As to Little Muppet Monsters, I do not have any licensed product from that show. There was an ambitious licensing program discussed (toys, games, puzzles, apparel, housewares, and stationery) but very little produced.

According to the Henson newsletter, Toy Fair 1986 would have seen the launch of plush by Hasbro, board games and puzzles by Milton Bradley, puzzles by Playskool, costumes by Ben Cooper, stickers by Diamond Toy, balloons by Balloon Concepts, boys and girls sportwear by Allison Mfg., greeting cards by Hallmark, belts by Lee Belts, pajamas by PCA Apparel, and party supplies and gift wrap by Beach Producers. Unfortunately, the show was not on the air long enough for this to occur. A Playskool puzzle drawn by Guy Gilchrist was produced in very limited quantities.[3]

Unaired Episodes

  • Puppet segments from the unaired episodes "Foo-Foo Phooey," "Gunko" and "Gonzo's Talent Hunt" were leaked to the internet in 2015. These are incomplete but run 31 minutes in total. Songs are "Pooch on the Loose," "Gunko" and "Together." Some Fozzie and Kermit segments are missing. While a scene between Tug and Kermit is missing on the tape, it's known that Tug and Kermit did film together during the series. (Although in the first episode, Tug visits Kermit without interacting onscreen.)
  • The episode "Foo-Foo Phooey" featured a "Frog Scouts" segment. This may have been animated, as the cartoon model sheet for Gonzo shows him wearing a scoutmaster uniform (and crash helmet).
  • In CBS' 1985 Saturday morning preview special (All-Star Rock 'N' Wrestling Saturday Spectacular), Pee Wee Herman and Rowdy Roddy Piper introduced a scene with Piggy, Kermit and Gonzo from an unaired episode. Other clips shown were from slightly different edits of scenes. A different take of the penguins, and a different take of Gonzo saying "see what I mean?"
  • In a newspaper article, the unaired song "Gunko" is credited to "James Carroll." (Possibly Joe Carroll?)[4]
  • Steve Morgenstern wrote the episodes "Gunko," "Foo-Foo Phooey" and "Gonzo's Talent Hunt," while Sarah Durkee wrote the episode "Feels Like Rain." This included the song "It's Not Gonna Rain" by Durkee and Chris Cerf.


The cast in The Muppets: A Celebration of 30 Years.

  • The three monster kids were also seen briefly in the special The Muppets: A Celebration of 30 Years, which was broadcast in January 1986. The special was shot before the decision was made to take Monsters off the air, so the show cheerfully plugged the Muppets' latest production -- even though that production had been cancelled four months earlier.
  • The series aired as the hourlong "Muppets, Babies and Monsters," with one set of credits. Each hour began with a different, short clip from the upcoming Muppet Babies or Muppet Monsters episode before the "Muppets, Babies and Monsters" titles. Episode 1 showed a clip of Tug Monster welcoming us to the show. Episode 2 showed Baby Kermit as "Indiana Frog." Episode 3 showed The Big Bad Wolf interrupting Snow White (Skeeter).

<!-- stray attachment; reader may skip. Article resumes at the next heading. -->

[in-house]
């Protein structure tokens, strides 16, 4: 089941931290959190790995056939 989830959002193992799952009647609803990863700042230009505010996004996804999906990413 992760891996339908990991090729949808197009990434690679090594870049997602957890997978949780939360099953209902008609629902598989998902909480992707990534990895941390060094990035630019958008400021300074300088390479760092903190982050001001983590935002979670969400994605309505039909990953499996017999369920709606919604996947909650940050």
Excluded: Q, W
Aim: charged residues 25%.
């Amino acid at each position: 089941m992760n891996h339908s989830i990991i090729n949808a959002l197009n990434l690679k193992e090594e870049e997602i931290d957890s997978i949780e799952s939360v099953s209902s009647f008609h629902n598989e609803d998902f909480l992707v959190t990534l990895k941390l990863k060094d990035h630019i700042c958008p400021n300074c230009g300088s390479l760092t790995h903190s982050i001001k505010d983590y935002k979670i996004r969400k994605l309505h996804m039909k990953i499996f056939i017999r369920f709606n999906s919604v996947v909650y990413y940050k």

• The opening and closing titles to episode 3 ("Muppets, Babies and Monsters" and "Little Muppet Monsters") are slightly different from the opening and closing titles to episode 1, incorporating some different clips. Episode 2's opening titles match episode 1 (closing titles unknown).
  • Tug Monster appears briefly in the introduction to The Muppets at Walt Disney World, mauling Michael Eisner. All three monsters were reused multiple times in Mopatop's Shop.
  • The penguin band are known as "Nicky Napoleon and his Emperor Penguins."
  • Posters for Pigs in Space, The Great Muppet Caper, The Muppet Movie and other Muppet productions appear on the set walls.
  • Gonzo's segment in the first episode "In the Beginning" features clips from the 1923 Snub Pollard silent comedy film "It's a Gift."
  • Footage from "Kermit the Frog: Private Eye" in the MB&M opening sequence is photographed differently than in the final show.
  • The final episode of Muppet Babies, aired in 1990, reused some animation from "Little Muppet Monsters" episode 2. Due to that, you can hear Jim Henson voice Kermit for a single line. Henson passed away earlier that year.
  • An early concept for the show was titled "Muppet Monster Television", which was to have featured adult monsters and have Floyd Pepper and Janice serve as guest hosts.[5]
  • Tug Monster later appeared in Muppet Time as Do Re Mi Monster performed by Kevin Clash, then as a customer such as Marvin Mudmaker and the Musician on Mopatop's Shop.
  • Boo Monster later appeared in one of the Muppet Meeting Films as Flunky and was given a nose.


External Links